In the first groups post, we covered how your organization can benefit from promoting the natural affiliations among your constituency (like class year, club or member chapter) to reinforce and increase engagement between your members and your organization. While that's a good start, limiting yourself to just natural affiliations can restrict the kind of engagement you hope to achieve.
So how can organizations go beyond the natural bonds to accomplish their engagement goals? How can they be a better resource for their constituents so that they stay engaged in more dynamic ways?
Organizations need to go beyond natural affiliations (like class year or chapter) for their members to become truly empowered and embrace groups for themselves.
Here are three ways you can facilitate this process:
1. Create Groups around Projects or Causes
Throughout any institution, alumni, students, and even faculty & staff are passionate about projects or causes. Some of these may be directly related to your organization or the community surrounding your organization, where others may be extended beyond the institution. Whether it's charitable work such as organizing the college's annual canned food drive, academic research or galvanizing support around a more universal cause, such as building safe schools in challenged areas, everyone "gets by with a little help from [their] friends." Why not turn your alumni platform into the gathering place to organize, delegate, and accomplish projects that your constituents also own and care about?
2. Create Business Brainstorm Groups
Students often have amazing ideas, but may not know what to do next - how can they take the idea and realize its full potential? Imagine being able to create a mechanism by which students can easily access a support system, find mentors, obtain community guidance, facilitate brainstorming sessions, and do it all in they way they choose to help them realize their dreams. With groups, this becomes a reality! Not only are business groups a great way to establish connections between current students and alumni, but they are also valuable for industry-veteran alumni to connect with each other to trade advice and brainstorm new ventures too. Talk about empowered networks giving back!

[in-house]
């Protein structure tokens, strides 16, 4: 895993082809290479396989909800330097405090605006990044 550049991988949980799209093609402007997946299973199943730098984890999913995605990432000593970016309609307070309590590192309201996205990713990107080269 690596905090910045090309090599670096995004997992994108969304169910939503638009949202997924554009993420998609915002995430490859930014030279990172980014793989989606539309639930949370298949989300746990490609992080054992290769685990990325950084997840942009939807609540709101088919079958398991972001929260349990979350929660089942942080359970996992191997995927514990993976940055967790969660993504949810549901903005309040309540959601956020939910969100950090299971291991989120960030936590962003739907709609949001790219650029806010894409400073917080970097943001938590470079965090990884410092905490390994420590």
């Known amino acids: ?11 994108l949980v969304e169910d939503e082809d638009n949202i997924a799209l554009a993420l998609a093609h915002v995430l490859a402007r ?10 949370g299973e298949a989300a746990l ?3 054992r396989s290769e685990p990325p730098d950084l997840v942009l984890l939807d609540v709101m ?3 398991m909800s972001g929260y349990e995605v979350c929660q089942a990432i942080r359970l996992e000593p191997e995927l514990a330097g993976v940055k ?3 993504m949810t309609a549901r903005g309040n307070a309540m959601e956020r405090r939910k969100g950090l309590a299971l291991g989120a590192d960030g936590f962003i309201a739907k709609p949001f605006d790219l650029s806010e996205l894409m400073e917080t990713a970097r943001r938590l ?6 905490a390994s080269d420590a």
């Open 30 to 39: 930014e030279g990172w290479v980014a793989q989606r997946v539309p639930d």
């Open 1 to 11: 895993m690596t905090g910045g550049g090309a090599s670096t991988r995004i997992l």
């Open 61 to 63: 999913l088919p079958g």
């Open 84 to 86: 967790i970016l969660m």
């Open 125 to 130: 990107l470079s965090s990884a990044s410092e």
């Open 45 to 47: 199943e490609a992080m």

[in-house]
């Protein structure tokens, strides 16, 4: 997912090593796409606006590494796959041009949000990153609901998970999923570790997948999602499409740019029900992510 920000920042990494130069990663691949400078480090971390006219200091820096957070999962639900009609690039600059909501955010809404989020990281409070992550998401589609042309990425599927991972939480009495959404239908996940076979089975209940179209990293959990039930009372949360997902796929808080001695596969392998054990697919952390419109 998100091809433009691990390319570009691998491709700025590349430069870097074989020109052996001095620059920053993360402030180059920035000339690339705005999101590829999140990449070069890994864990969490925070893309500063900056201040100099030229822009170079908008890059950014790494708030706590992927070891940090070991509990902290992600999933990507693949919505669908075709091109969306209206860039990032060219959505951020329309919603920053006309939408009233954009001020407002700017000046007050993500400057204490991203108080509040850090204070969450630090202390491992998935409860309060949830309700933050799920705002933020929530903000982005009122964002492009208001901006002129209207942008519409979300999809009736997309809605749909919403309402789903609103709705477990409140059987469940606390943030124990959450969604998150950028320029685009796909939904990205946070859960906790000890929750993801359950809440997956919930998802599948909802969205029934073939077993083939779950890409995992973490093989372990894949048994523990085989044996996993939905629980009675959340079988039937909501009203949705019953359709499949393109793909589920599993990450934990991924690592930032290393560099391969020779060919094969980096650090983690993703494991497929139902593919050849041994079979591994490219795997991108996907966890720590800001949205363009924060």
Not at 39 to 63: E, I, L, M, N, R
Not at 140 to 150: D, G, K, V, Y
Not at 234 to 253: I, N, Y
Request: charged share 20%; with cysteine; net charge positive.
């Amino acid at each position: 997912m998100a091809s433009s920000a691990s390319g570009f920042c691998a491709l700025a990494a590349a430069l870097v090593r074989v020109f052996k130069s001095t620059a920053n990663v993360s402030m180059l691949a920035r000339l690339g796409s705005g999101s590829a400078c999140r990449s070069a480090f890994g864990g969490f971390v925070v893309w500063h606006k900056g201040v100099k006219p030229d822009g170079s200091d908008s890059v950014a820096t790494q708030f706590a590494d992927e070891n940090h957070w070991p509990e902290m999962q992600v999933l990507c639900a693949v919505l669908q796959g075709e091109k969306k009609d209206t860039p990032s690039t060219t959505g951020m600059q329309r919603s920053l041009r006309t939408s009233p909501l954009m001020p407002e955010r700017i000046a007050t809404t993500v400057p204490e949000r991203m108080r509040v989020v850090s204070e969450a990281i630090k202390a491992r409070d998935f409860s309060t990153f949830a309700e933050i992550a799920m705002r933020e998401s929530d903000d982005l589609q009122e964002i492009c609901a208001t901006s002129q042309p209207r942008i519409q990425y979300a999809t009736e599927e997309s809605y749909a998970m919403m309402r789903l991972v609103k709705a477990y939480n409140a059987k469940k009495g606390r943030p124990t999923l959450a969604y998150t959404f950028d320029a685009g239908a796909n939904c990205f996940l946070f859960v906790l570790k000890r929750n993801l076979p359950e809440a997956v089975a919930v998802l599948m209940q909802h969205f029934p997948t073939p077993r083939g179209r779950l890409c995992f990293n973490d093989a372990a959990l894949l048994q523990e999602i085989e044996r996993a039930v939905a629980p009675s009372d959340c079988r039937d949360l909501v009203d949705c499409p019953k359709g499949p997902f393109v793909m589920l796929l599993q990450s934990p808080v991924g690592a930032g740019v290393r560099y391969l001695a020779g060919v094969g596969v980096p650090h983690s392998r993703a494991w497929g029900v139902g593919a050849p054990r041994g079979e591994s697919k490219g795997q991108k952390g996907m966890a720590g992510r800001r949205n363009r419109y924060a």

3. Create Parent/Family & Friends Groups
K-12 institutions, nonprofits and even higher-education organizations can benefit from creating a space for parents or family & friends of the member to be included in the conversation. For K-12 institutions - imagine being able to give parents a space to help plan classroom activities or fundraise for the next class trip. Or for community organizations, imagine a platform to post volunteer opportunities for students to fulfill their community service requirements. Not only does this make your organization top of mind for the family, but it also creates dialogue and support that can lead to future volunteerism and donations. Give back to your constituents' support structure, and they will give back to you.
When working with groups, you don't need to conform to the obvious criteria. An alumni group could start coming back every year to help organize the canned food drive. A student might find the advice, funding, and talent necessary to launch the next Google. A parent may find the tutor she needs to help her child through the rigorous curriculum. By empowering the creation and use of groups that go beyond natural affiliations, you can encourage incredible engagement with your constituents!
This post is Part II of our series on Groups. If you missed Part I, check it out by clicking here. If you're ready to step it up with Part III, check it out by clicking here. Also, be sure to subscribe by clicking the (+) icon on the right or leaving a comment below.
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